- Personas, Obras, Cosas (People, Works, Things, articles and essays written 1904-1912) 1916
- ¿Que es Conocimiento? (What is knowledge? Three Courses Taught in 1929, 1930, and 1931), 1984
- ¿Que es filosofia? (What is philosophy? Courses Delivered in 1928-1929), 1957
- Sobre la Razon Historica (On historical reason), course given in Lisbon, 1944), 1979
- Teoria de Andalucia y otros ensayos: Guillermo Dilthey y la Idea de vida (The theory of Andalucia and other essays: Wilhelm Dilthey and the idea of life), 1942
- Una interpretacion de la Historia Universal, En torno a Toynbee(An interpretation of Universal History, On Toynbee), 1948
- Unas Lecciones de Metafisica (Some Lessons in Metaphysics, course given 1932-33), 1966
- Velazquez, 1959
- Vieja y Nueva Politica (Old and New Politics), 1914
Major Articles of Jose Ortega Y Gasset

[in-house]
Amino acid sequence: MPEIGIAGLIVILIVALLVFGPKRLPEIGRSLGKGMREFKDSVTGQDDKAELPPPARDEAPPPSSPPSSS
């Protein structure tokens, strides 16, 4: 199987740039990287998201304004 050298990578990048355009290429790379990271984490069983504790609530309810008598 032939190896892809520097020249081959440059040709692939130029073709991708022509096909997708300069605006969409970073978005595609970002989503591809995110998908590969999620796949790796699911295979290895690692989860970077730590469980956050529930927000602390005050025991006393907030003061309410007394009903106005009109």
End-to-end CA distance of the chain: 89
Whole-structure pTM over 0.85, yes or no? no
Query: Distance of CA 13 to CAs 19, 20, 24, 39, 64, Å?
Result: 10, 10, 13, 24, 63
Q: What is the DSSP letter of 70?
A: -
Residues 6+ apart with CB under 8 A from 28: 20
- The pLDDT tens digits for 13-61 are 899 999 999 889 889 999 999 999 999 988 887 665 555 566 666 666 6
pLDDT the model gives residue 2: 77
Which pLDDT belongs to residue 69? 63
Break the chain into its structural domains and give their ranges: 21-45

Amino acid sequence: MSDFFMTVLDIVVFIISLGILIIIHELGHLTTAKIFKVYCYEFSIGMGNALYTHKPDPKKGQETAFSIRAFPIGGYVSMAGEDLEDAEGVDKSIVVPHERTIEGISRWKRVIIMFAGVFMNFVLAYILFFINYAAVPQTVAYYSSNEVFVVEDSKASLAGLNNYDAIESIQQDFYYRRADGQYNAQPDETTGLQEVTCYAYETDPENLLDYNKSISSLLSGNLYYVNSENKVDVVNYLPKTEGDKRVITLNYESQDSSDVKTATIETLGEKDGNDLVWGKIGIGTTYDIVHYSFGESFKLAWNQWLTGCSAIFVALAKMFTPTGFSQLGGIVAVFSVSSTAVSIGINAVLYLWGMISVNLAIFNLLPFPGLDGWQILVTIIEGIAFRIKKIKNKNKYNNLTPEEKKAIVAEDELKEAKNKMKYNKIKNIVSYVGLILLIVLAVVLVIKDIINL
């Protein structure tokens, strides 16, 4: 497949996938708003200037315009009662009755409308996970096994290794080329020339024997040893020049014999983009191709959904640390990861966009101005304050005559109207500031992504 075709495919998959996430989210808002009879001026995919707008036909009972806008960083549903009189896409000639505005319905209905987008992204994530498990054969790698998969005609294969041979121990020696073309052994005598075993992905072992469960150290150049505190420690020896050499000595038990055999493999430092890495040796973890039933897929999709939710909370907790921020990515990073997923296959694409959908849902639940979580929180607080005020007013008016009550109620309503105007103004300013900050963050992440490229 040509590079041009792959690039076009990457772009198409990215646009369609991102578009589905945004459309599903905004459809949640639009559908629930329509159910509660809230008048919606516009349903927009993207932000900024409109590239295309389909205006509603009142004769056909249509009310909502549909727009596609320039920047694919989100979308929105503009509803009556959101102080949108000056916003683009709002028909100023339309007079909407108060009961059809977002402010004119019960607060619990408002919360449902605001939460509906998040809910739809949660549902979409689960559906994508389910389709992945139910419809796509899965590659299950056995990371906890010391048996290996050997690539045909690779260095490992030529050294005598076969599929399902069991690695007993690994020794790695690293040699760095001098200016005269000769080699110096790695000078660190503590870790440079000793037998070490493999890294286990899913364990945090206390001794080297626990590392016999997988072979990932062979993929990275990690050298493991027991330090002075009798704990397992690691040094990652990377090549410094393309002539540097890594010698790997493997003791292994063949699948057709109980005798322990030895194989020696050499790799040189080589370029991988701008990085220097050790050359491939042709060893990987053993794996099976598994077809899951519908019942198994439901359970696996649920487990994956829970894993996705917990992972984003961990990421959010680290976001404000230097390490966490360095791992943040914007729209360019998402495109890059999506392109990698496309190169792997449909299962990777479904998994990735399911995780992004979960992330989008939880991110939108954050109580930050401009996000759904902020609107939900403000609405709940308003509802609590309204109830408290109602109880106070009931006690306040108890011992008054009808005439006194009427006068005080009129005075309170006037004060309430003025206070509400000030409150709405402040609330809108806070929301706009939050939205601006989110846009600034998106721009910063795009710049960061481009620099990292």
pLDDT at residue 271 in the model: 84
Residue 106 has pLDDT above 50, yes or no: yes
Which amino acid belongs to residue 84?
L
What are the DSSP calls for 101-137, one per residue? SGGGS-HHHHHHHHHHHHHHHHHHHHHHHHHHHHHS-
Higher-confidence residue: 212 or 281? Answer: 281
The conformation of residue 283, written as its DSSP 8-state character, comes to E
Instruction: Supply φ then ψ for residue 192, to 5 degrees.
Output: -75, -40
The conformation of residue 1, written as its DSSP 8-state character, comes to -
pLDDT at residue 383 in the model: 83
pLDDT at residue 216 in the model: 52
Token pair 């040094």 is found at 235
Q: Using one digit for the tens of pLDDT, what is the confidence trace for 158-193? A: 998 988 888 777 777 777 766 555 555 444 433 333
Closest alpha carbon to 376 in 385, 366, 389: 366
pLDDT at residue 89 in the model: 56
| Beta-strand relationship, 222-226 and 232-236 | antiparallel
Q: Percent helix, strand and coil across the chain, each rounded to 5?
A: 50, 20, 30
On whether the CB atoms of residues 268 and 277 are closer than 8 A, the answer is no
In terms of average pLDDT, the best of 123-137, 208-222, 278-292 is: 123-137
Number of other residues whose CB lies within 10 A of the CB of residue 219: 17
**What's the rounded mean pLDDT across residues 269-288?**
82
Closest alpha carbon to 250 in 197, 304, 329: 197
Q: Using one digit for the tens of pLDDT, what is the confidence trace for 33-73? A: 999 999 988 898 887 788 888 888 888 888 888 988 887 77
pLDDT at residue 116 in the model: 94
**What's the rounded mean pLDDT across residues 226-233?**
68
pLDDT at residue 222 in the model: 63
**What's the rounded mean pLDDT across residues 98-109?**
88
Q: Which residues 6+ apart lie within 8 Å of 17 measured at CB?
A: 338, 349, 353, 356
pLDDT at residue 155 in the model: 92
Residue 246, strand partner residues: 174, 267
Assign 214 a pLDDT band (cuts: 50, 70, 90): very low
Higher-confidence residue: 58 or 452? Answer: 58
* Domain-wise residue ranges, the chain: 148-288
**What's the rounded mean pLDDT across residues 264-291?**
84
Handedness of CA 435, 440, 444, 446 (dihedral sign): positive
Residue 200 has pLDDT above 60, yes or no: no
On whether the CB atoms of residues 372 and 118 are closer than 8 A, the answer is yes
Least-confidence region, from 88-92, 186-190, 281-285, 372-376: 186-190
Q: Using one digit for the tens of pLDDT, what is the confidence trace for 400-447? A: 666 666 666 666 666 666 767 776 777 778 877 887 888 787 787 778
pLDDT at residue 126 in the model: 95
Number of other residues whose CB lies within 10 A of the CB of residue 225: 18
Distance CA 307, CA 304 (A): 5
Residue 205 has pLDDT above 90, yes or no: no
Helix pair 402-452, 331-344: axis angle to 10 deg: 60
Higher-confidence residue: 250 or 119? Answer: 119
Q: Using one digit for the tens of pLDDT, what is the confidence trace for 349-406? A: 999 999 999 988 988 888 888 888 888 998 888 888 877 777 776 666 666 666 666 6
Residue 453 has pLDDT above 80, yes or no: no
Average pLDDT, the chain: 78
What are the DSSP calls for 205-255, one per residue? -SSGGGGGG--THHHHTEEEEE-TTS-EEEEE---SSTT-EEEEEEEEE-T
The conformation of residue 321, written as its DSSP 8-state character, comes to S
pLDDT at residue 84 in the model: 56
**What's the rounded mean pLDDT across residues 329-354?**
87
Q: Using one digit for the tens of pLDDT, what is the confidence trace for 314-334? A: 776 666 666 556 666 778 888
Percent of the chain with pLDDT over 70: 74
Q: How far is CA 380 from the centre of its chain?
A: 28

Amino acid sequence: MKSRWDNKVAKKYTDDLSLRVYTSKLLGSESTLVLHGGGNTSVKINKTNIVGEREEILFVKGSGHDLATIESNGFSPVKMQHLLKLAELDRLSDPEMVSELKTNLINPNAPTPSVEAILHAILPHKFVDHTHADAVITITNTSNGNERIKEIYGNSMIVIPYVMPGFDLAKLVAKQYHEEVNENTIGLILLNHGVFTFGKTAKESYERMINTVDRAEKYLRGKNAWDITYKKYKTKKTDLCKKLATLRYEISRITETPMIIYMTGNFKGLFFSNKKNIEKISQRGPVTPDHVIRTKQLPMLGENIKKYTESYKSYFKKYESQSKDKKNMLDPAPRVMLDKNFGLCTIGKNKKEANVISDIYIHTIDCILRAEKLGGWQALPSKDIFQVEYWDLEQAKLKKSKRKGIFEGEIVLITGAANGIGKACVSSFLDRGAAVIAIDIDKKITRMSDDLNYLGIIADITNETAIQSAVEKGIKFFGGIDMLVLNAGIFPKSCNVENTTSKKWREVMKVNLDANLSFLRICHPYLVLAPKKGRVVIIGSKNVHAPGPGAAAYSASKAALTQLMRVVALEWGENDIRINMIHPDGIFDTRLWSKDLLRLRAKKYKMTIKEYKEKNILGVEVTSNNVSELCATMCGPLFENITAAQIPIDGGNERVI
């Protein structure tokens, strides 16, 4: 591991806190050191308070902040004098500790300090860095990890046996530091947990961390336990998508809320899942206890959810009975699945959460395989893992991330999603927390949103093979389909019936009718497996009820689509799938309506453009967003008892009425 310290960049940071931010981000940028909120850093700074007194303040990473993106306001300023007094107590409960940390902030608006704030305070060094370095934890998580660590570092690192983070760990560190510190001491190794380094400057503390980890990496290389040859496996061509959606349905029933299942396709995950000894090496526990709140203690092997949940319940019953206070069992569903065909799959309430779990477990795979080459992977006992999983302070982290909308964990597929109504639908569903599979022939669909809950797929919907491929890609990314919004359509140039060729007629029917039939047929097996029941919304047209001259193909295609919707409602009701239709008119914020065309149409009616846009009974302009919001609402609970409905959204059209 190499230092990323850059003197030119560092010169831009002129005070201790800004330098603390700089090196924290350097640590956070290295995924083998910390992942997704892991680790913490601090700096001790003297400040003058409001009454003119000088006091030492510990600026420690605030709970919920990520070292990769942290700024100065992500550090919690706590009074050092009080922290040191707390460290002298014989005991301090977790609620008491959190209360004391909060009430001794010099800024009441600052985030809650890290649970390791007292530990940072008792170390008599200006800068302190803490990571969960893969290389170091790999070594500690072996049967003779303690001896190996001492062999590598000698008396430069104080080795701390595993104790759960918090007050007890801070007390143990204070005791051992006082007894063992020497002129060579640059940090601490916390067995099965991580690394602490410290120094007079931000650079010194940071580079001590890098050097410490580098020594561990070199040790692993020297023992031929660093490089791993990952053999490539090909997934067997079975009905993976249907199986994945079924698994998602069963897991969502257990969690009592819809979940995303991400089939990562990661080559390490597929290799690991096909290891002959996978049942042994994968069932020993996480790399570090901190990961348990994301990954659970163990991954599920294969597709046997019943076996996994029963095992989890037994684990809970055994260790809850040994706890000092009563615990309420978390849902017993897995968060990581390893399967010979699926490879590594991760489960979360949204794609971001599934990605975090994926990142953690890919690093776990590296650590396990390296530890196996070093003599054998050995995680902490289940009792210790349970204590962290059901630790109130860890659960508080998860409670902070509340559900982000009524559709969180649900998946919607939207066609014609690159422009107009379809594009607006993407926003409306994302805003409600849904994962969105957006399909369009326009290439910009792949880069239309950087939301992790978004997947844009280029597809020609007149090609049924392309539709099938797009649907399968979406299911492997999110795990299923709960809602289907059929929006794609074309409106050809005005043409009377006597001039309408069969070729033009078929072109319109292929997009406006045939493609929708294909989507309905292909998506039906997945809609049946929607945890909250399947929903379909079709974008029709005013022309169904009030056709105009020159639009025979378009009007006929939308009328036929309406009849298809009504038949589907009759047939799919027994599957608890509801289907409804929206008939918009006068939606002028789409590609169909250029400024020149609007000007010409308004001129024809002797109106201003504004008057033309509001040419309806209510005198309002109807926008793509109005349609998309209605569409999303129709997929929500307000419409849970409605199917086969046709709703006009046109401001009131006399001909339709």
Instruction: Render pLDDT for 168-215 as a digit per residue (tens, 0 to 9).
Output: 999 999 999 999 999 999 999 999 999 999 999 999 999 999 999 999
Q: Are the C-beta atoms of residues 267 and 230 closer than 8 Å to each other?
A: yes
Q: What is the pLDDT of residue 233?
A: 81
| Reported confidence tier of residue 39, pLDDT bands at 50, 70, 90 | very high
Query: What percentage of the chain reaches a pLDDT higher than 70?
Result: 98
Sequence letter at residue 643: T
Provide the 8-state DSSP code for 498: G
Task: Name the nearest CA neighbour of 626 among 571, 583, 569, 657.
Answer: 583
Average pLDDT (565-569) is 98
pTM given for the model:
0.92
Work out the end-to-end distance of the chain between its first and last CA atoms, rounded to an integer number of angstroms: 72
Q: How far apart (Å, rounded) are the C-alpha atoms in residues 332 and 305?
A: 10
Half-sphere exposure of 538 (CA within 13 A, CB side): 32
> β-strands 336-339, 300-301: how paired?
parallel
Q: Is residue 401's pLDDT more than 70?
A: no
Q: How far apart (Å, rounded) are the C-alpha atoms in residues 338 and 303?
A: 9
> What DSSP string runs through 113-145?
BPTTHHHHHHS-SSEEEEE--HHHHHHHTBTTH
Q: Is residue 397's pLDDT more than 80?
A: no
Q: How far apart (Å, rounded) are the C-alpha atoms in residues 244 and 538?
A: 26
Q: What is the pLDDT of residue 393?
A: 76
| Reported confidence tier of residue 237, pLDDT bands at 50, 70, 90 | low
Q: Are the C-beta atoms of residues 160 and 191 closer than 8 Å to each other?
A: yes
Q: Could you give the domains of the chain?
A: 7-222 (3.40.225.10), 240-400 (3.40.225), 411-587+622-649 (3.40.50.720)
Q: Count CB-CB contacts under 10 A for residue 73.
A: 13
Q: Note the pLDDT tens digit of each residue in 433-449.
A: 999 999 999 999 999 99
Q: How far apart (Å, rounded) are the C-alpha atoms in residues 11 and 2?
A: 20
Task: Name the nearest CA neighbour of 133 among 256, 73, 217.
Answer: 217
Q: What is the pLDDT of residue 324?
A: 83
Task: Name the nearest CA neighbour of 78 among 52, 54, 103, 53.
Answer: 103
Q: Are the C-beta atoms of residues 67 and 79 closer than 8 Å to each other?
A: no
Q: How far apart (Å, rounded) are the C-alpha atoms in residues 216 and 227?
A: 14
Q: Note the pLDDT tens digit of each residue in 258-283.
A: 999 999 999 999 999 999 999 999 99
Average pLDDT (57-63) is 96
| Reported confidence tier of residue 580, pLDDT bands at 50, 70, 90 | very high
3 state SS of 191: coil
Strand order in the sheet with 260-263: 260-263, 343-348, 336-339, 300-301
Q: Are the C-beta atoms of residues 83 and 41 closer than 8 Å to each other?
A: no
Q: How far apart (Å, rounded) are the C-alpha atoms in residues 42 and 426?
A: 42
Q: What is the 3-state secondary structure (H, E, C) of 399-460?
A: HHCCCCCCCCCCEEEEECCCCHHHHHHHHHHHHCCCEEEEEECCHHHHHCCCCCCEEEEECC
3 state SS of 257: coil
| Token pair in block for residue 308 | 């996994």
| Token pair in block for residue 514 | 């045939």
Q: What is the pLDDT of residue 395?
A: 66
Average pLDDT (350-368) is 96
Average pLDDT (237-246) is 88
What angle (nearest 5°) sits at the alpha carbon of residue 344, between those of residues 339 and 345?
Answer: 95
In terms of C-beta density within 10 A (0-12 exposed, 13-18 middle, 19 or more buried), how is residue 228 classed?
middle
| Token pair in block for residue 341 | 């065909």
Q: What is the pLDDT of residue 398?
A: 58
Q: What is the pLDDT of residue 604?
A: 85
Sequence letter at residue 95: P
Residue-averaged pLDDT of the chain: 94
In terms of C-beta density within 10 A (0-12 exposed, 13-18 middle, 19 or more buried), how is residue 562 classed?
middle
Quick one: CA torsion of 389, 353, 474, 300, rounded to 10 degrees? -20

- 1939, Collectivisme en Individualisme, Synthese
- 1957, The Nature of the Novel, with Evelyn Rugg and Diego Marin, The Hudson Review
Quotes from Jose Ortega Y Gasset
- "He who wishes to teach us a truth should not tell it to us, but simply suggest it with a brief gesture, a gesture which starts an ideal trajectory in the air along which we glide until we find ourselves at the feet of the new truth." (from "Meditations on Quixote", 1914)
- "I am I plus my surroundings; and if I do not preserve the latter, I do not preserve myself." (from "Meditations on Quixote", 1914)
- "Everyone sees the need of a new principle of life. But as always happens in similar crises-some people attempt to save the situation by an artificial intensification of the very principle which has led to decay. This is the meaning of the "nationalist" outburst of recent years. ... The last flare, the longest; the last sigh, the deepest. On the very eve of their disappearance there is an intensification of frontiers-military and economic." (from "The Revolt of the Masses", 1930)
- "The law of public opinion is the universal law of gravitation in political history." (from "The Revolt of the Masses", 1930)
- "The mass crushes beneath it everything that is different, everything that is excellent, individual, qualified and select. Anybody who is not like everybody, who does not think like everybody, runs the risk of being eliminated." (from "The Revolt of the Masses", 1930)